Submitted by D W on Thu, 2006-12-21 08:22

 Dr. David Wheldon's succinct summary of the different reactions to Cpn and its treatment helps in sorting out the different responses and what to do about them. I've moved this from his comment in another members blog post to a page of it's own here in the Cpn Treatment Handbook.

Jim K (Editor in Chief) 

Five Ways of Feeling Lousy

I am inclined to think that there are five major mechanisms behind those unpleasant side effects of chronic large-load infection with C pneumoniae which worsen in the short-term with antichlamydial treatment.

a) Lipid peroxidation may likely get worse in the short-term as bacterial products are released both by breaking down EBs and by apoptosisi of infected cells. Antioxidantsi and B vitaminsi (including B12) may help with this. I find melatonini at night helpful.

b) Release of endotoxinsi. These evoke a nonspecific host reaction. Antioxidants and Vitamin D may be very helpful. Vitamin D has many immunomodulatory properties aside from calcium regulation. (The Vitamin D page is very helpful: thanks Marie.)

c) Disturbance of the haem synthesis pathway. Although called 'porphyria', this is a slightly misleading word here. The haem-pathway disturbance found with this infection is probably very complex and likely involves many steps as the metabolites cross and re-cross the mitochondrial membranes. It's important to realize that mitochondria were once separate, free-living creatures, and the mitochondrial membrane is the interface between two interdependent kingdoms: it is the waist of a 'biochemical hourglass'. I don't profess to be a biochemist, but it seems to me that this disturbance of the mitochondrial / host interface here is not really like the medically described porphyriasi. I suppose one might say that it most closely resembles Porphyria Cutanea Tarda, except that in PCT skin lesions are usually the first symptoms. PCT-like skin lesions are uncommon in in my experience in this infection. One suspects that this infection may disturb several steps in the haem production pathway. Testing for haem precursors is well-described by Basil; in my experience you can have normal porphobilinogen and delta aminolaevulanic acid levels in profoundly 'porphyric' urine. I found glucose, high fluid intake and propranolol very helpful. Some people find charcoal invaluable.

d) Release of bacterial antigens. As bacteria die they release numerous antigens. Some are likely to be specific. Do you recall the old Typhoid / Paratyphoid A and B vaccine? If you are of a certain age you may vividly remember the murky fluid in the barrel of the glass syringe (syringe made by 'Record'; needles re-usable, with a 'Glydin' pattern tip.) But the effect of the blunt needle was as nothing compared to the effect of the vaccine. A feeling of general ill-being commonly occurred after this 'jab', particularly when it was repeated. The after-effects were so unpleasant it was rumoured that the British Army used to administer the stuff to recruits just before they went on weekend leave. C pneumoniae, like Salm typhi, is a Gram negative organism. When we give antibioticsi to kill intracellulari C pneumoniae we are creating in effect a sequence of crude, whole-germ immunisations. One might expect that Vitamin D would help with this, and also curcumin. Looking on the bright side, we may be protecting ourselves from further widespread infectionsi with this organism.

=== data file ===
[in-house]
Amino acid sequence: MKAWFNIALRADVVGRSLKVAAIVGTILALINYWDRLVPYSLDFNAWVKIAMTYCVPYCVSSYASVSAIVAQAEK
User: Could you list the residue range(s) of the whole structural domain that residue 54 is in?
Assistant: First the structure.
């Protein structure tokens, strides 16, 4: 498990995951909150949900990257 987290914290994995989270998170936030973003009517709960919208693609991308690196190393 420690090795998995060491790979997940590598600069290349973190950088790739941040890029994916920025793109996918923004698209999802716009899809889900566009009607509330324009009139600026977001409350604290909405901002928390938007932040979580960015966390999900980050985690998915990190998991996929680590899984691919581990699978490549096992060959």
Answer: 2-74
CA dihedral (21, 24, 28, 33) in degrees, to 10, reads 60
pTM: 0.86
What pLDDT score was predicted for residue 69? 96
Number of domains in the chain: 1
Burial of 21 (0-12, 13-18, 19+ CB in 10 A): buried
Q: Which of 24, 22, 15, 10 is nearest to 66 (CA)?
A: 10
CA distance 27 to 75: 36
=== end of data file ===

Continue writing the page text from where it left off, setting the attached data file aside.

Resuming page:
e) Functional Vitamin B12 deficiency. The Vanderbilt workers have found that in this infection antibodies incidentally binding to Vitamin B12 are induced. This means that B12 may have a normal concentration in the blood but effectively cannot get into nerves. Flooding the system with B12, either by injection or oral methyl cobalamin, can produce profound effects; these seem to be quite short-term, suggesting that supplemental B12 is quickly bound.

So, we have at least five mechanisms for feeling lousy: possibly a number of them are working in synergy at the same time.

This being said, I wouldn't want to put anyone off taking treatment because of the fear of reactions. If we don't deal with these germs they'll likely deal with us.